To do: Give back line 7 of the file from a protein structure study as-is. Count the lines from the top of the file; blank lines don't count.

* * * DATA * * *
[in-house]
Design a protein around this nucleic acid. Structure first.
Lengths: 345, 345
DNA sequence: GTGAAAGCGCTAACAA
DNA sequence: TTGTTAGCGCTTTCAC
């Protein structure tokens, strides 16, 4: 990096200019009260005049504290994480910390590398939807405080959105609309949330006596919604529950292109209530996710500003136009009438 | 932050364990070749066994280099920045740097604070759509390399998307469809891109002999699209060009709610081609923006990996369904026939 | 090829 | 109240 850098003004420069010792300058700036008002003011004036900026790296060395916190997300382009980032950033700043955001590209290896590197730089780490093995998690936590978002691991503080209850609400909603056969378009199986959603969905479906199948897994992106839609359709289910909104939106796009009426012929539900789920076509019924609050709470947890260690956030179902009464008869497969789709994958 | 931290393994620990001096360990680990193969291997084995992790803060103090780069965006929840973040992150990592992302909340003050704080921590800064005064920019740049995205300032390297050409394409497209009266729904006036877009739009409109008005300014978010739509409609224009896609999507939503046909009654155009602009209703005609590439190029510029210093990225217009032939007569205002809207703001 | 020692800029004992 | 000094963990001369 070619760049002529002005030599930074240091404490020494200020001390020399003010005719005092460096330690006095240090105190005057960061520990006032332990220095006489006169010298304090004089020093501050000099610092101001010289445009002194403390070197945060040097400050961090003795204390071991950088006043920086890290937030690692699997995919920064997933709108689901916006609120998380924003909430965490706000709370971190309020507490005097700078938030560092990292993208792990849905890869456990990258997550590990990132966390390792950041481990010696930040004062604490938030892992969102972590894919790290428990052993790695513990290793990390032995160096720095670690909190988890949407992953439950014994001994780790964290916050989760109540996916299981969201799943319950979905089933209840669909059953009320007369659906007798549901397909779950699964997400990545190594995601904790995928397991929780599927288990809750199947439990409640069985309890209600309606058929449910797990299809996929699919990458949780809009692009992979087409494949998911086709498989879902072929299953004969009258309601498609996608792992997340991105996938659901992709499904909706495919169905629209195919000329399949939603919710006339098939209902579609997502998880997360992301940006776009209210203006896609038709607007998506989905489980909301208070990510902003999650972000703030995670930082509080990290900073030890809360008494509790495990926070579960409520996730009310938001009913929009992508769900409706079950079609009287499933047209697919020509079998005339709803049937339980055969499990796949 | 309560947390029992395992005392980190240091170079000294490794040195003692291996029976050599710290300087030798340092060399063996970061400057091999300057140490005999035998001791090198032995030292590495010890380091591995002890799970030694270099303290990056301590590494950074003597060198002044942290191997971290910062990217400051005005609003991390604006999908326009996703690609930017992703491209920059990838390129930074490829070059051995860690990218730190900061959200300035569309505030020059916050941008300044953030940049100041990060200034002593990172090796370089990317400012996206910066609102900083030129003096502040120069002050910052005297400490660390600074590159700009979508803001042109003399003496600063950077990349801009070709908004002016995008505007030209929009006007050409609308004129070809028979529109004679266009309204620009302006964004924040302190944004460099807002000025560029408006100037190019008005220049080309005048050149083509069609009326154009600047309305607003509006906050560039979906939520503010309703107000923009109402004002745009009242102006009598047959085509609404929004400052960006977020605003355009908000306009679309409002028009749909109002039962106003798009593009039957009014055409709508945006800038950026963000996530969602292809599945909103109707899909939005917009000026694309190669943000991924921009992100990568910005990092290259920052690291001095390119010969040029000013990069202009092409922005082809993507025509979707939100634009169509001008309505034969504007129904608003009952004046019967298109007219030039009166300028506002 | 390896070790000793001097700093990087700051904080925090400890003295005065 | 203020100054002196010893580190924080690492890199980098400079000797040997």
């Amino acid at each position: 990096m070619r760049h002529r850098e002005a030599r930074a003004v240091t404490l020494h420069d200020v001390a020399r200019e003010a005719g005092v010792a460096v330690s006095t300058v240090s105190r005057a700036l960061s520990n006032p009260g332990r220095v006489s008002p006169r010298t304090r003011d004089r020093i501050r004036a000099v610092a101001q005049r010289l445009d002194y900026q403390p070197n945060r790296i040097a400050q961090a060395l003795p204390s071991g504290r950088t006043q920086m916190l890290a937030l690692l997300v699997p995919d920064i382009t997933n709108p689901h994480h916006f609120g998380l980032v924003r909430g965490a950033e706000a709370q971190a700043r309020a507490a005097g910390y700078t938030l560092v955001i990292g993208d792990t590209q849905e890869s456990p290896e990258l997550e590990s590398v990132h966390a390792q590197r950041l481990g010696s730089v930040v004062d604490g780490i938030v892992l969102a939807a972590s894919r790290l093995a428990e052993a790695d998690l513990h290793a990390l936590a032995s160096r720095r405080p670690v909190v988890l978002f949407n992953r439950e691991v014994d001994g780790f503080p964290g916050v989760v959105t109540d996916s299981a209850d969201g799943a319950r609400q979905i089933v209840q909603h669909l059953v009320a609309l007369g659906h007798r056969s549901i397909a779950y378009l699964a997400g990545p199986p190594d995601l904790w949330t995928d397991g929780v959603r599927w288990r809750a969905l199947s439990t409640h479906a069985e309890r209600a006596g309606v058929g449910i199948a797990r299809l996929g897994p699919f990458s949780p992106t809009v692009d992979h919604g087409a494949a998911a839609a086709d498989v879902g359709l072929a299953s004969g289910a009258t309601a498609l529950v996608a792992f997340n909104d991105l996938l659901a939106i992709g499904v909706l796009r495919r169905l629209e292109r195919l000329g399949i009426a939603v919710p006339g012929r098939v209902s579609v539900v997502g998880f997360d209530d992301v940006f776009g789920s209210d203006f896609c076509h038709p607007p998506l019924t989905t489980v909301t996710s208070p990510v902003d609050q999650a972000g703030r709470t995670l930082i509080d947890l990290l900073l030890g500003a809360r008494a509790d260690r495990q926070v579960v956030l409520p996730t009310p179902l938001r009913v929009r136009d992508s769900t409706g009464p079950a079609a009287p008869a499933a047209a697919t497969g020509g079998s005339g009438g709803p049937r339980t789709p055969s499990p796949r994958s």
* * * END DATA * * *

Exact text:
């Amino acid at each position: 990096m070619r760049h002529r850098e002005a030599r930074a003004v240091t404490l020494h420069d200020v001390a020399r200019e003010a005719g005092v010792a460096v330690s006095t300058v240090s105190r005057a700036l960061s520990n006032p009260g332990r220095v006489s008002p006169r010298t304090r003011d004089r020093i501050r004036a000099v610092a101001q005049r010289l445009d002194y900026q403390p070197n945060r790296i040097a400050q961090a060395l003795p204390s071991g504290r950088t006043q920086m916190l890290a937030l690692l997300v699997p995919d920064i382009t997933n709108p689901h994480h916006f609120g998380l980032v924003r909430g965490a950033e706000a709370q971190a700043r309020a507490a005097g910390y700078t938030l560092v955001i990292g993208d792990t590209q849905e890869s456990p290896e990258l997550e590990s590398v990132h966390a390792q590197r950041l481990g010696s730089v930040v004062d604490g780490i938030v892992l969102a939807a972590s894919r790290l093995a428990e052993a790695d998690l513990h290793a990390l936590a032995s160096r720095r405080p670690v909190v988890l978002f949407n992953r439950e691991v014994d001994g780790f503080p964290g916050v989760v959105t109540d996916s299981a209850d969201g799943a319950r609400q979905i089933v209840q909603h669909l059953v009320a609309l007369g659906h007798r056969s549901i397909a779950y378009l699964a997400g990545p199986p190594d995601l904790w949330t995928d397991g929780v959603r599927w288990r809750a969905l199947s439990t409640h479906a069985e309890r209600a006596g309606v058929g449910i199948a797990r299809l996929g897994p699919f990458s949780p992106t809009v692009d992979h919604g087409a494949a998911a839609a086709d498989v879902g359709l072929a299953s004969g289910a009258t309601a498609l529950v996608a792992f997340n909104d991105l996938l659901a939106i992709g499904v909706l796009r495919r169905l629209e292109r195919l000329g399949i009426a939603v919710p006339g012929r098939v209902s579609v539900v997502g998880f997360d209530d992301v940006f776009g789920s209210d203006f896609c076509h038709p607007p998506l019924t989905t489980v909301t996710s208070p990510v902003d609050q999650a972000g703030r709470t995670l930082i509080d947890l990290l900073l030890g500003a809360r008494a509790d260690r495990q926070v579960v956030l409520p996730t009310p179902l938001r009913v929009r136009d992508s769900t409706g009464p079950a079609a009287p008869a499933a047209a697919t497969g020509g079998s005339g009438g709803p049937r339980t789709p055969s499990p796949r994958s």